Browsing SLR - Volume 1, Number 1, January 2016 by Title
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- ItemAnalysing the future of international criminal justice in Africa: a focus on the ICC(Strathmore University Press, 2016-01) Ngolo, Emily WakeshoThe International Criminal Court has generally a bad reputation in the African continent as a whole with hostile assertions by the African Union, that the court is nothing but a political tool for the powerful. The Court, plagued with numerous difficulties, has come under pressure to perform, with some doubting its viability. Created by the Rome Statute, and the parties therein governed by general treaty law, enforcement mechanisms of the court have been unsatisfactory at best and this has led to questions being asked as to its survival. There exists a pool of divergent views, in regard to the African Union and the International Criminal Court, in many of the crucial areas of international criminal justice. This paper seeks to find out just how true is the claim that the ICC is ‘dead’ is, and the implications of this in the future of the continent as regards international criminal justice. How important is it for us to preserve international criminal justice? Just how much of a role do states play in this revered area of law? Is its legal viability coming to an unfortunate premature end? What does this mean, then, for the victims of mass atrocities? This paper seeks to show an interplay of the role of states and politics in international criminal justice, and determine then, whether there exists any bright future for this area of law in Africa.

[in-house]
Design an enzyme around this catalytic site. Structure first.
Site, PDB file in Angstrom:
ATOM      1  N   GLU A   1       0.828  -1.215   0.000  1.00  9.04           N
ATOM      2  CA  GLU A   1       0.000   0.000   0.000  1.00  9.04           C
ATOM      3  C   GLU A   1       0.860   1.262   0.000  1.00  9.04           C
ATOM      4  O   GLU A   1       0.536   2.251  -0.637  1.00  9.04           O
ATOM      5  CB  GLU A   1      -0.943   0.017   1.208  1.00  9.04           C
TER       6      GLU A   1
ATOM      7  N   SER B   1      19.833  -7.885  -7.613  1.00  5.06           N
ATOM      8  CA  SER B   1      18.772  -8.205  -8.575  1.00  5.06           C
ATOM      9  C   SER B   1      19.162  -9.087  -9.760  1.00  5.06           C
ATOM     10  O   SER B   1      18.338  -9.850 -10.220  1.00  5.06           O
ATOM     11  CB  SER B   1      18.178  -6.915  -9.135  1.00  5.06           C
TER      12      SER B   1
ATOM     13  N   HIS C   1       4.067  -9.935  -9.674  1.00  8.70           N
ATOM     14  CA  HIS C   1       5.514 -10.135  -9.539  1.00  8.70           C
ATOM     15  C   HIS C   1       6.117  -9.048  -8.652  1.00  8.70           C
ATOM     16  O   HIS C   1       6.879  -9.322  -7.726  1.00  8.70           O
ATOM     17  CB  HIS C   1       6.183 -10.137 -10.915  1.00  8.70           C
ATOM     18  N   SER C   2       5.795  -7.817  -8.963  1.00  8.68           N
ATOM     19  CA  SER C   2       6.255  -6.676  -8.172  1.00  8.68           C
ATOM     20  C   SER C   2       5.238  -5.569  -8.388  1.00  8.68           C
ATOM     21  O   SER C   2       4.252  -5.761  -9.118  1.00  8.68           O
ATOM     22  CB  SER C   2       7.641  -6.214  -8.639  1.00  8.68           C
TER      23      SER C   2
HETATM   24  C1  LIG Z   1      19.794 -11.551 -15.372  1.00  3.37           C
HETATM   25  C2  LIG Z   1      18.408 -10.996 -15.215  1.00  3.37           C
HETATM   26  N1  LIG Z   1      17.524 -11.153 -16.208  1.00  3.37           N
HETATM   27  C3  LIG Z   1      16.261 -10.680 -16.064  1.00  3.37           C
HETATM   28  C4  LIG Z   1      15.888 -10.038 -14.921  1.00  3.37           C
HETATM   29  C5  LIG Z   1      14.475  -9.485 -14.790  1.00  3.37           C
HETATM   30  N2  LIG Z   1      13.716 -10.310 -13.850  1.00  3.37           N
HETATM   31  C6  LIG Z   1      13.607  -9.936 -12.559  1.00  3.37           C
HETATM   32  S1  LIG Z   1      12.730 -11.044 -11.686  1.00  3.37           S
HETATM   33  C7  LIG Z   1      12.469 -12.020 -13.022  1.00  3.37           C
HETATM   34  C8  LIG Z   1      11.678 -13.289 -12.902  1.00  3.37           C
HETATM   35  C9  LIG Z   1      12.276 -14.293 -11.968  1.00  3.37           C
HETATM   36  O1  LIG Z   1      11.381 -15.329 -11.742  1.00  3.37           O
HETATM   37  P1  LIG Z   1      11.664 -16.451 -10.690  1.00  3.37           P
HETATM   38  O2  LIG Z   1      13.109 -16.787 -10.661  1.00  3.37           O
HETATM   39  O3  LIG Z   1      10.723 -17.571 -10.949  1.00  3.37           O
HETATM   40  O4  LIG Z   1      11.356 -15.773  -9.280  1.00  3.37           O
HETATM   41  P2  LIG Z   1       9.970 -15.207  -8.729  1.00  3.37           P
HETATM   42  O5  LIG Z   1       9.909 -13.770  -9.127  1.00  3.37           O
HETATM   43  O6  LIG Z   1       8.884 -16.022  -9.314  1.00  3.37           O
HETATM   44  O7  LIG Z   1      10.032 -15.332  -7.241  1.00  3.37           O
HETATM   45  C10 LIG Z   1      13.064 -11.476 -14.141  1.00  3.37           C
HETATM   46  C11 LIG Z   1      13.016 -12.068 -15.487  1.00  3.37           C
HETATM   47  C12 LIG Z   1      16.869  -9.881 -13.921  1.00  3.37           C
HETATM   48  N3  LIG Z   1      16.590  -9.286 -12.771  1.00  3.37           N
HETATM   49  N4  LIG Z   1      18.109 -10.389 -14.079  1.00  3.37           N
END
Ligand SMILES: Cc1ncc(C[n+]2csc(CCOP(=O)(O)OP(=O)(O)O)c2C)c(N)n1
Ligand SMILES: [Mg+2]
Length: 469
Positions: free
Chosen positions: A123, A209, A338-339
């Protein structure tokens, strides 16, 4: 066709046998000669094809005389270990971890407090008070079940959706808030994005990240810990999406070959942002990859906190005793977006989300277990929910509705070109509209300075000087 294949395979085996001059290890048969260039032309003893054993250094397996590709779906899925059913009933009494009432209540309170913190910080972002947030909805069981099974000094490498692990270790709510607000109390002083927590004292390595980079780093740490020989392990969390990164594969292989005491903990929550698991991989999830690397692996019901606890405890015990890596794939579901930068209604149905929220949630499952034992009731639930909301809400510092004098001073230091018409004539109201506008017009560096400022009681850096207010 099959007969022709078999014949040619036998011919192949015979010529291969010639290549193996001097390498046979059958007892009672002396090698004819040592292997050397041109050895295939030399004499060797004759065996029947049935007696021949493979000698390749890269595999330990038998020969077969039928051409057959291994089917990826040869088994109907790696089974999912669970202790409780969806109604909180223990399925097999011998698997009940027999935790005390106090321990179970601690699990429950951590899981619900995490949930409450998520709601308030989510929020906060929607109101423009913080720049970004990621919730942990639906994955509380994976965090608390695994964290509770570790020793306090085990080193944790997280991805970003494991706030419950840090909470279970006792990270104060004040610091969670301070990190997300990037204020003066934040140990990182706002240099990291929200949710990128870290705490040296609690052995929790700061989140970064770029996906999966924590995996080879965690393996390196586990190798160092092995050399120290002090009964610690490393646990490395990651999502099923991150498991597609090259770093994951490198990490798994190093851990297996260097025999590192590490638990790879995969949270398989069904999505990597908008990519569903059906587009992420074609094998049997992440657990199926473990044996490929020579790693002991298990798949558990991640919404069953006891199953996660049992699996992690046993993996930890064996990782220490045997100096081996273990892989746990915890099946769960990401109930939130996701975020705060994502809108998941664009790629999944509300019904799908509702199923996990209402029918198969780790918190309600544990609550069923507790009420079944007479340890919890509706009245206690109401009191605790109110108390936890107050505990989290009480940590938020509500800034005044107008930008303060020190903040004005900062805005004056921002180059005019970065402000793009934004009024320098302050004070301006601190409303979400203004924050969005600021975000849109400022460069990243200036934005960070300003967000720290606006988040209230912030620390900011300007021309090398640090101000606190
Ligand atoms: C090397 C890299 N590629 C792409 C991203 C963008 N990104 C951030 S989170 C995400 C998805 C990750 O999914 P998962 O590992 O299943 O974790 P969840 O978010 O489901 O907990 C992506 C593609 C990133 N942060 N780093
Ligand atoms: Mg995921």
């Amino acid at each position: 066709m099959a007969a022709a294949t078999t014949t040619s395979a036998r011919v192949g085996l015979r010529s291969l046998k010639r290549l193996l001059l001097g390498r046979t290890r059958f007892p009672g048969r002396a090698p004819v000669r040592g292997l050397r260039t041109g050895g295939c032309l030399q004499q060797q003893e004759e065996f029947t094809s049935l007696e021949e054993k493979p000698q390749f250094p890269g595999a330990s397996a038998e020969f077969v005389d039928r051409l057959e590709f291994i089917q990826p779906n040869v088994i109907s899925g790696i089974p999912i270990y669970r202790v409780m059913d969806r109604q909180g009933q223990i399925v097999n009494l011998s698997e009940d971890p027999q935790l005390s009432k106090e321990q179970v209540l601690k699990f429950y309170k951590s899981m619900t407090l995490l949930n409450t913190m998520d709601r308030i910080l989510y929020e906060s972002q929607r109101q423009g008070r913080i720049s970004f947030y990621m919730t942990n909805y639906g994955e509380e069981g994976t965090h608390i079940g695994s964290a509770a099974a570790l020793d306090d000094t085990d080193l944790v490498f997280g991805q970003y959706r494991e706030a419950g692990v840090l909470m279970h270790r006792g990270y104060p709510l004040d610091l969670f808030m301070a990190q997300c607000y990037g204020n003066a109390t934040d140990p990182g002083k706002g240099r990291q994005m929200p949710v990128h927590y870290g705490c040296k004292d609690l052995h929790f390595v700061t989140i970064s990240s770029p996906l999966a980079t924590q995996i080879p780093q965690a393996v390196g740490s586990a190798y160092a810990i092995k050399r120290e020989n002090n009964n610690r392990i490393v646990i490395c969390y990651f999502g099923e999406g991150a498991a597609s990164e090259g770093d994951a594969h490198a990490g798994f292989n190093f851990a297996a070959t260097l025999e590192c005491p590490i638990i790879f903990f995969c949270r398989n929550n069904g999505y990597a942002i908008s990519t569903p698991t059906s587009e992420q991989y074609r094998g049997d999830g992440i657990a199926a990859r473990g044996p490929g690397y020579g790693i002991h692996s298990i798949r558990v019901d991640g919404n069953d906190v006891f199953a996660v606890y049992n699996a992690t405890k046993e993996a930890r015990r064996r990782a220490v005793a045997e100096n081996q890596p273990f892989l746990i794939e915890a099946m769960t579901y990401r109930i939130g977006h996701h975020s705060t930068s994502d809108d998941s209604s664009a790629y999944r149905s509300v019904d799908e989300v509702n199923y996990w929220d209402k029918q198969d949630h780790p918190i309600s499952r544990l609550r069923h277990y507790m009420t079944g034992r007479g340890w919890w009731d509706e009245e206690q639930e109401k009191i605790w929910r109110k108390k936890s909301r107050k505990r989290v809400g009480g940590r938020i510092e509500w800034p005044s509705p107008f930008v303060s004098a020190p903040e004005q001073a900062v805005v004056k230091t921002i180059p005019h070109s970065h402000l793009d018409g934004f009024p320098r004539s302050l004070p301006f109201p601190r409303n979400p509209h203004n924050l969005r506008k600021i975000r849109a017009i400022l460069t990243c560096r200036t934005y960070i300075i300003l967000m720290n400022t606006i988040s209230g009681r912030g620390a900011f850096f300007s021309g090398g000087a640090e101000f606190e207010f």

- ItemApplication of African customary law: tracing its degradation and analysing the challenges it confronts(Strathmore University Press, 2016-01) Owino, LisaHistorically, African customary law has occupied the lower rungs of the legal ladder, often being set aside for more formal laws. This is primarily due to the introduction of western and religious legal systems through the exploration of western nations into Africa, missionary activity and, subsequently, colonisation. However, African countries – including Kenya – are making an effort to give due recognition to customary law. This paper discusses the steady degradation of customary law from the colonial period to the promulgation of the Constitution of Kenya 2010 where there are attempts to resuscitate its application, it also discusses the challenges that the courts may face in this application of customary law today and possible solutions to these challenges.